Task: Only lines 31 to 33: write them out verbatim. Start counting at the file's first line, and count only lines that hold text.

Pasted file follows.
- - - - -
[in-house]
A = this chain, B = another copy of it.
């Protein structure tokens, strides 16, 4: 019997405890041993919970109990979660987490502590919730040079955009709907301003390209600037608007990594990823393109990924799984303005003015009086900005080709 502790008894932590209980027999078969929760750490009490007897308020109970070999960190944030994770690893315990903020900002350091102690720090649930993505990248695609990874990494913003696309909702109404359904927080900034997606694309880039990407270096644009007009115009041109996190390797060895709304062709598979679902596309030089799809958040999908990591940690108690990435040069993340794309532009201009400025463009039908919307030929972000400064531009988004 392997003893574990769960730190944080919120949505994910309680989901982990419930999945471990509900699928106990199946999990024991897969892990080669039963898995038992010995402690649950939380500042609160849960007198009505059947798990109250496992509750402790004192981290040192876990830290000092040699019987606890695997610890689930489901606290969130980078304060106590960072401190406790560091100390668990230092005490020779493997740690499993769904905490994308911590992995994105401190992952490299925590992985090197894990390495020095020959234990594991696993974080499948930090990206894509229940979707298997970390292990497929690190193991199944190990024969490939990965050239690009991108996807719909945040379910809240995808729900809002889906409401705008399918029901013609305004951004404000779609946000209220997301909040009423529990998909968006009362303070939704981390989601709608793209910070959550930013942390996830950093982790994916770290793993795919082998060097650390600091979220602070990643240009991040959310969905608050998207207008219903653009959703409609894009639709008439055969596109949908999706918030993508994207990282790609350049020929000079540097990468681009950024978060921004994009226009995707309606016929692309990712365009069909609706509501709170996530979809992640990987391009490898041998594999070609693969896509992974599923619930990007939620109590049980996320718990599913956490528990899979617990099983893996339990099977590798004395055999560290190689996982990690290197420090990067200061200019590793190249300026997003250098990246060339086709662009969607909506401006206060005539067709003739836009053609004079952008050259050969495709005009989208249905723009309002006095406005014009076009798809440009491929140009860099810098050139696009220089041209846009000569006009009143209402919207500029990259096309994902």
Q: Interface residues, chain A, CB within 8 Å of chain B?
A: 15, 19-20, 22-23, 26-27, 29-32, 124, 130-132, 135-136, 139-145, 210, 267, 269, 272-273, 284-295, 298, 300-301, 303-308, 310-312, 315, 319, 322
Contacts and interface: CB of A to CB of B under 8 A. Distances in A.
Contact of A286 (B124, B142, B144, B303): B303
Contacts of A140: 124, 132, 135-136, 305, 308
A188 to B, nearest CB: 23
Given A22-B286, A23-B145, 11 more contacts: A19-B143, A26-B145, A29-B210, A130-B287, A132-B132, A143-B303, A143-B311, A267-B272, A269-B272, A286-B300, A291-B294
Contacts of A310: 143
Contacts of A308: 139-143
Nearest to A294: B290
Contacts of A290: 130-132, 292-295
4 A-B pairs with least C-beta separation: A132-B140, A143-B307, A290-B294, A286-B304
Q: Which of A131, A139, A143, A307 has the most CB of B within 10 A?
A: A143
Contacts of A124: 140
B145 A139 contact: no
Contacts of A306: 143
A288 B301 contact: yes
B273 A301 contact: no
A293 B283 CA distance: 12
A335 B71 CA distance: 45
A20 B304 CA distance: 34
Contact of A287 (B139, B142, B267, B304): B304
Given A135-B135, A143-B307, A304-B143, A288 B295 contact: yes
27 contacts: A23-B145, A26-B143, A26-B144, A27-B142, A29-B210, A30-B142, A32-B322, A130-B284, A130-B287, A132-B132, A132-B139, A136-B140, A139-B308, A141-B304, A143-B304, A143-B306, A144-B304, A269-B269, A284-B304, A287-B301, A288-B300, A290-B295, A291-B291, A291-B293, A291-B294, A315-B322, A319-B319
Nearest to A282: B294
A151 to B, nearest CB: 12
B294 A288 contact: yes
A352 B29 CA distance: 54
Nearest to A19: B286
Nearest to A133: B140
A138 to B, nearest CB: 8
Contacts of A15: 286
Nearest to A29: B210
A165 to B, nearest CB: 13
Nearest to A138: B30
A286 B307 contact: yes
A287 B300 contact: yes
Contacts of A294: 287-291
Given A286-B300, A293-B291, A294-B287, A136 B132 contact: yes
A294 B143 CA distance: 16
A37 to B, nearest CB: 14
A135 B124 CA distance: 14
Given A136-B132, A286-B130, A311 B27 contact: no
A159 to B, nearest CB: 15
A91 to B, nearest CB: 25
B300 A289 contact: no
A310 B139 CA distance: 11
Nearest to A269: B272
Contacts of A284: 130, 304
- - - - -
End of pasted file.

B294 A288 contact: yes
A352 B29 CA distance: 54
Nearest to A19: B286